Initial funding for the project has been provided through private and public sources, including a $1 million grant  from the State of California, earmarked specifically to “support construction of LGBTQ space in Harvey Milk  Plaza.”

The project team’s next steps include continued design refinements in response to ongoing community  input, coordination with various city agencies, and progress through the approvals process, with a goal of being  prepared to begin construction in Summer/Fall 2022.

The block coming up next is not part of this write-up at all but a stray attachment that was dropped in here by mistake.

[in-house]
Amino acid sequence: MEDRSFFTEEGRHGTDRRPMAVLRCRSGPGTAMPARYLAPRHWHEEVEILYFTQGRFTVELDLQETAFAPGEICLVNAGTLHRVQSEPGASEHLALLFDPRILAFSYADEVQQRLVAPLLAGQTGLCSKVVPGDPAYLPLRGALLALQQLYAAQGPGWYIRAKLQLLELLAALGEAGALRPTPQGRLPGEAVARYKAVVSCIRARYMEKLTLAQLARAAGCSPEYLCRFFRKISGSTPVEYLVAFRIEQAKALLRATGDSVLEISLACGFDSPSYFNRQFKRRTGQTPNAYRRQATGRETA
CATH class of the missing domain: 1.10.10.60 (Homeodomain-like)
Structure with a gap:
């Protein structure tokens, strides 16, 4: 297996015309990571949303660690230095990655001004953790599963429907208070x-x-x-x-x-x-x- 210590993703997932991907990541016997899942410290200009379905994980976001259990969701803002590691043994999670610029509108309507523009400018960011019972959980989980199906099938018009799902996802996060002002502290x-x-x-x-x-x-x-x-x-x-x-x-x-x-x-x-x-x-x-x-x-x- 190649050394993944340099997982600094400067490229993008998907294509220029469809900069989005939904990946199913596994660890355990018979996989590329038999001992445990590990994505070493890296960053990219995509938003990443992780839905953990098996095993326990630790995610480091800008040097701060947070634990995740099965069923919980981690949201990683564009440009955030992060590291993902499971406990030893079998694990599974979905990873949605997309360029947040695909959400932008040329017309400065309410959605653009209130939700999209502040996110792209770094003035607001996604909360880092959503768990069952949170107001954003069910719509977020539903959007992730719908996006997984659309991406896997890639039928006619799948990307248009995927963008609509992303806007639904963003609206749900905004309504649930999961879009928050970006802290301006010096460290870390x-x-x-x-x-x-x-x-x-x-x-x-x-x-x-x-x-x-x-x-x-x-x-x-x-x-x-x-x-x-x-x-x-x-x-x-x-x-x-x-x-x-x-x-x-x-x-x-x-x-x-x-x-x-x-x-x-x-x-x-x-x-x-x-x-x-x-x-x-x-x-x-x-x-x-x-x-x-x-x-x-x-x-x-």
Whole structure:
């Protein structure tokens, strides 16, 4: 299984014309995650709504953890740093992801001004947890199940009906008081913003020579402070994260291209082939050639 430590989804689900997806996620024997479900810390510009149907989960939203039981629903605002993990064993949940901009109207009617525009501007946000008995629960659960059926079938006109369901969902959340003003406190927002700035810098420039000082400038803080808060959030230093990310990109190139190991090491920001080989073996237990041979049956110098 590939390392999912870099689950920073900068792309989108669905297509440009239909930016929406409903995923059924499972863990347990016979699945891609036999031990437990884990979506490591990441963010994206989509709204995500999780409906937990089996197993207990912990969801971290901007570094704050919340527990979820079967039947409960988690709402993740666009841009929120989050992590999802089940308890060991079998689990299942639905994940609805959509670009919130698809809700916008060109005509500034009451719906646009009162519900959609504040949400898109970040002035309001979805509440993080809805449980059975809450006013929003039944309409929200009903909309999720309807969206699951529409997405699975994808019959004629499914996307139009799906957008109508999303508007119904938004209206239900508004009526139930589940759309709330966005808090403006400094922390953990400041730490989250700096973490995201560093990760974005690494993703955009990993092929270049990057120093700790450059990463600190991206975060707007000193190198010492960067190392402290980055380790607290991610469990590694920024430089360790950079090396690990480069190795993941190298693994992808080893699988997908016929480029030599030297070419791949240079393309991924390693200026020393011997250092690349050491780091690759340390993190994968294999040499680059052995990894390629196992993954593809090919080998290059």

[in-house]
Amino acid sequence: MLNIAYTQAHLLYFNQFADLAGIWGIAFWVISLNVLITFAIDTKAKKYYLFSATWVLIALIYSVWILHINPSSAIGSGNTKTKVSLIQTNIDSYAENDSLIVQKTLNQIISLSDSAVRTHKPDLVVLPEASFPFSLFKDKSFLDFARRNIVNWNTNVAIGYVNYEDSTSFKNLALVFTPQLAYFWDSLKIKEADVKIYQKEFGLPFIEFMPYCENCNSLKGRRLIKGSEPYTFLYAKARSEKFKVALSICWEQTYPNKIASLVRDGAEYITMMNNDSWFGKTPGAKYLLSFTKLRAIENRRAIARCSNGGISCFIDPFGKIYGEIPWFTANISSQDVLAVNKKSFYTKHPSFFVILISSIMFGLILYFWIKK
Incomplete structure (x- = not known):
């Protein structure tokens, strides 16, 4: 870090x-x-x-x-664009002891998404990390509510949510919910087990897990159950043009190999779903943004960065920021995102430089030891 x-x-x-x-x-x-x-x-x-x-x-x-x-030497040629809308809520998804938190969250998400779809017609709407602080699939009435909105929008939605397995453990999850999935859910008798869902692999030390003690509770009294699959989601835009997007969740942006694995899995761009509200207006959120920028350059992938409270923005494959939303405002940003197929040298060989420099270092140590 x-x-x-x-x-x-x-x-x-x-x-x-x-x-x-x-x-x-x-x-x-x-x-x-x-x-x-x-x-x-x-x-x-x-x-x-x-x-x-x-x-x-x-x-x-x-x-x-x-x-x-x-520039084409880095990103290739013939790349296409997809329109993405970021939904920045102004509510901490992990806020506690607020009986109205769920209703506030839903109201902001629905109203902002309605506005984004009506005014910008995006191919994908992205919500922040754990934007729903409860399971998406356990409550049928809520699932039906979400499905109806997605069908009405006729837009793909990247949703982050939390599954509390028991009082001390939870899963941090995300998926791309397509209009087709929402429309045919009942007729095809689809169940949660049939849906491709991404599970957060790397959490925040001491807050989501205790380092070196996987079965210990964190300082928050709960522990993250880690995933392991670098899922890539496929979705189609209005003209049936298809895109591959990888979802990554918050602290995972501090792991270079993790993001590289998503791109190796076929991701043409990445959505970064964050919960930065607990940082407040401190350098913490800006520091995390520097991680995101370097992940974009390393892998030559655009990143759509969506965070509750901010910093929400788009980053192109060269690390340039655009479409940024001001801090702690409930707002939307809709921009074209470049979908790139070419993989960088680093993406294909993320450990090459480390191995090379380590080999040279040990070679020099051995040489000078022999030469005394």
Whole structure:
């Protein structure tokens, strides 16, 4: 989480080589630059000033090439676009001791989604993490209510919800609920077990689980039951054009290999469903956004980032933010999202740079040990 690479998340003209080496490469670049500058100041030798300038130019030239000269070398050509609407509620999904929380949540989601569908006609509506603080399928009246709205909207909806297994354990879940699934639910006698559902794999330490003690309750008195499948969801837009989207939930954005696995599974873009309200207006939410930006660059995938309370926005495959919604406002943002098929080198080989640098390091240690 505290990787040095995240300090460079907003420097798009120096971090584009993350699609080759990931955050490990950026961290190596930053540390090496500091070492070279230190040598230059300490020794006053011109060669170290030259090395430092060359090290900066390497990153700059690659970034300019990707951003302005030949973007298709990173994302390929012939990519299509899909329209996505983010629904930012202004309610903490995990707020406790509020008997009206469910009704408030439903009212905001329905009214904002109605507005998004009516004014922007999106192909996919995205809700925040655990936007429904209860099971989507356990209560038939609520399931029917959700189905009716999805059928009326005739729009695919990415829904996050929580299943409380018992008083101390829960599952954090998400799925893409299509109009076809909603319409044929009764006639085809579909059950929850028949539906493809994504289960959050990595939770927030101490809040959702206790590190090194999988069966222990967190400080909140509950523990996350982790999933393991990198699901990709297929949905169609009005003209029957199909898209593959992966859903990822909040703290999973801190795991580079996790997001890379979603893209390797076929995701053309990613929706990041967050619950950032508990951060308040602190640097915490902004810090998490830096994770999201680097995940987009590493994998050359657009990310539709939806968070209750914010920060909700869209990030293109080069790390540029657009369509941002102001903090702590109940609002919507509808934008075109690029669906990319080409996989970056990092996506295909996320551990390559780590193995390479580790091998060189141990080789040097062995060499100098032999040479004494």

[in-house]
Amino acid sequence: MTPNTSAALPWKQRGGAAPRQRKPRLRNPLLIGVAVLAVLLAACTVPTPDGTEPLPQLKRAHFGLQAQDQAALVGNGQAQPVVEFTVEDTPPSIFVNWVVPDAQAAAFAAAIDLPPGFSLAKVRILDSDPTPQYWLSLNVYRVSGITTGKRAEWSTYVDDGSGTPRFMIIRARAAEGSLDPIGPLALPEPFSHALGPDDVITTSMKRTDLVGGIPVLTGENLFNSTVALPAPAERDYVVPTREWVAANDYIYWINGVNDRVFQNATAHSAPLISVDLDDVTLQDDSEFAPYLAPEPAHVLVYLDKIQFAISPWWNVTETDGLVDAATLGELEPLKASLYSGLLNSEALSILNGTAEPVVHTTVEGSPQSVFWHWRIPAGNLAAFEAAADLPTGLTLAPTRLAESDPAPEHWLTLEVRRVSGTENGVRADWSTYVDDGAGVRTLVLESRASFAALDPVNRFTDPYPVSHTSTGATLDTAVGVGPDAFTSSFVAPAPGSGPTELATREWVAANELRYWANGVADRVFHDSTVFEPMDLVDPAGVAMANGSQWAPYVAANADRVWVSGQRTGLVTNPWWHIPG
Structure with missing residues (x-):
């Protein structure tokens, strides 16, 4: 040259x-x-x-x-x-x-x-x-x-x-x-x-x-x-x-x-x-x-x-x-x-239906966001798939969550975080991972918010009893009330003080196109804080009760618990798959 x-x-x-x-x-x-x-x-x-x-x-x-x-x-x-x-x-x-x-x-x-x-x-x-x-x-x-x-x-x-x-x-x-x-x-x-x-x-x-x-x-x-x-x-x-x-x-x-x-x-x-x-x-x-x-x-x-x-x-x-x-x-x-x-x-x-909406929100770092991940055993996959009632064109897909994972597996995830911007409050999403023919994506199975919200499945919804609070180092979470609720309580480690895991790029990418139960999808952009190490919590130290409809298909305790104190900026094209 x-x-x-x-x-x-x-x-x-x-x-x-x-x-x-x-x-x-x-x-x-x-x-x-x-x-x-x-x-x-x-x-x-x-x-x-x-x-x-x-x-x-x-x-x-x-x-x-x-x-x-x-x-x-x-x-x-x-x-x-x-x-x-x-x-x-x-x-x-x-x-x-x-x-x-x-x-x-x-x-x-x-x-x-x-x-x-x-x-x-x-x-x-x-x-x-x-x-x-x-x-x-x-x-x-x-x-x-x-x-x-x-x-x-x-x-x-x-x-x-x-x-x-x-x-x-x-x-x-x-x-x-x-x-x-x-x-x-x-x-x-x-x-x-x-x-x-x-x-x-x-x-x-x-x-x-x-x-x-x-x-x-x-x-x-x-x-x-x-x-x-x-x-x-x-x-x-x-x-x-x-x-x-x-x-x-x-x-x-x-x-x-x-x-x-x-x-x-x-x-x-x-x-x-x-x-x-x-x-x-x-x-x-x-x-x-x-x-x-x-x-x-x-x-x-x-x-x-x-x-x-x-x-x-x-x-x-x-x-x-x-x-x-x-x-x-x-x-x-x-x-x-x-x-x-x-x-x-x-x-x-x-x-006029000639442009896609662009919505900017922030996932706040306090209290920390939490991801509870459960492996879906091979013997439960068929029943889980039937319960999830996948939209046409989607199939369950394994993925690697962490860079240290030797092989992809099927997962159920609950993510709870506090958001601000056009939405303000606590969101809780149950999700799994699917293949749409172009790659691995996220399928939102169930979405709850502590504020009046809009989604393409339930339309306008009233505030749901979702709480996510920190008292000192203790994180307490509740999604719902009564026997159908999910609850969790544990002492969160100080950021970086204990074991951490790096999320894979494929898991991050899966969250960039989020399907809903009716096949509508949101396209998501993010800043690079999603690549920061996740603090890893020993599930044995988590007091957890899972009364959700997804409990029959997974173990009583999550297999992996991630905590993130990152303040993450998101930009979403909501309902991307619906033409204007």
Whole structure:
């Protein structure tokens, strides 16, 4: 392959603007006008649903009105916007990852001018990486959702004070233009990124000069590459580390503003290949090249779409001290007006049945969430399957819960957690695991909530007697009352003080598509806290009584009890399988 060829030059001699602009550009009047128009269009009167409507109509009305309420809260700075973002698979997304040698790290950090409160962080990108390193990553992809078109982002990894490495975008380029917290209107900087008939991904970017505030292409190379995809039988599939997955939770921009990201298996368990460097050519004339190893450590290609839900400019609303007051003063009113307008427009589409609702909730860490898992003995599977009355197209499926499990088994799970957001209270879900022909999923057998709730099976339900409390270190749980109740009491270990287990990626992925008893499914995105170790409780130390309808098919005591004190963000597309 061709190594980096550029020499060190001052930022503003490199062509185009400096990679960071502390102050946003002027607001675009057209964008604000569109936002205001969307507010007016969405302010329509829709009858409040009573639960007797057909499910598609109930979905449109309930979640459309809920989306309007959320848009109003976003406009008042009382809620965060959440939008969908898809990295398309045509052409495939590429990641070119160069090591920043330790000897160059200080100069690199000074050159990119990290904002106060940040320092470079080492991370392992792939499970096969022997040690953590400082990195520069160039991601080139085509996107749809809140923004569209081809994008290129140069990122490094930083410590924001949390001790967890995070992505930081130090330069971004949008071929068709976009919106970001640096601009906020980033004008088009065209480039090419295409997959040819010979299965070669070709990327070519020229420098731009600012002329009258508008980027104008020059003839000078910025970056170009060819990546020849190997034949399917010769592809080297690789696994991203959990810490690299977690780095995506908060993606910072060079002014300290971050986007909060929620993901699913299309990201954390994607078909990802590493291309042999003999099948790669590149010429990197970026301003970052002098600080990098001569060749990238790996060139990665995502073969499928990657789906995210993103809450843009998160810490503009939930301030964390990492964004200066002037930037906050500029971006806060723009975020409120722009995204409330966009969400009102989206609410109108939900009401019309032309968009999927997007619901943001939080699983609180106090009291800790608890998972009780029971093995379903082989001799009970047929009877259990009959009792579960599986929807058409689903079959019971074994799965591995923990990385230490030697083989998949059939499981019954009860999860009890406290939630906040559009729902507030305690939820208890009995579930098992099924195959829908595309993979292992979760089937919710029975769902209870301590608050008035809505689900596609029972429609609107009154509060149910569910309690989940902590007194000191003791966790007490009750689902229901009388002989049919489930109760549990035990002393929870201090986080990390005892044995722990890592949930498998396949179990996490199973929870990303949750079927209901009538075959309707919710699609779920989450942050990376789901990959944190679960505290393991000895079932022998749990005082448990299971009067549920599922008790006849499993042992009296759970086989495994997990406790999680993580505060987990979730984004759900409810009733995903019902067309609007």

The new design is inspired by Harvey’s words, intersectional activism, and community input, with a keen eye for current and future transit needs. California State Senator Scott Wiener said, “Harvey Milk Plaza is at the heart of the  Castro community — a place to gather, to go about our lives, and to remember Harvey’s many contributions.  Our community deserves a plaza worthy of Harvey’s memory — one that educates and allows us to organize and  enjoy our amazing neighborhood. The Harvey Milk Plaza redesign is a long overdue effort to make this great plaza all it can be.”

To see the new design and provide your input, please visit the website.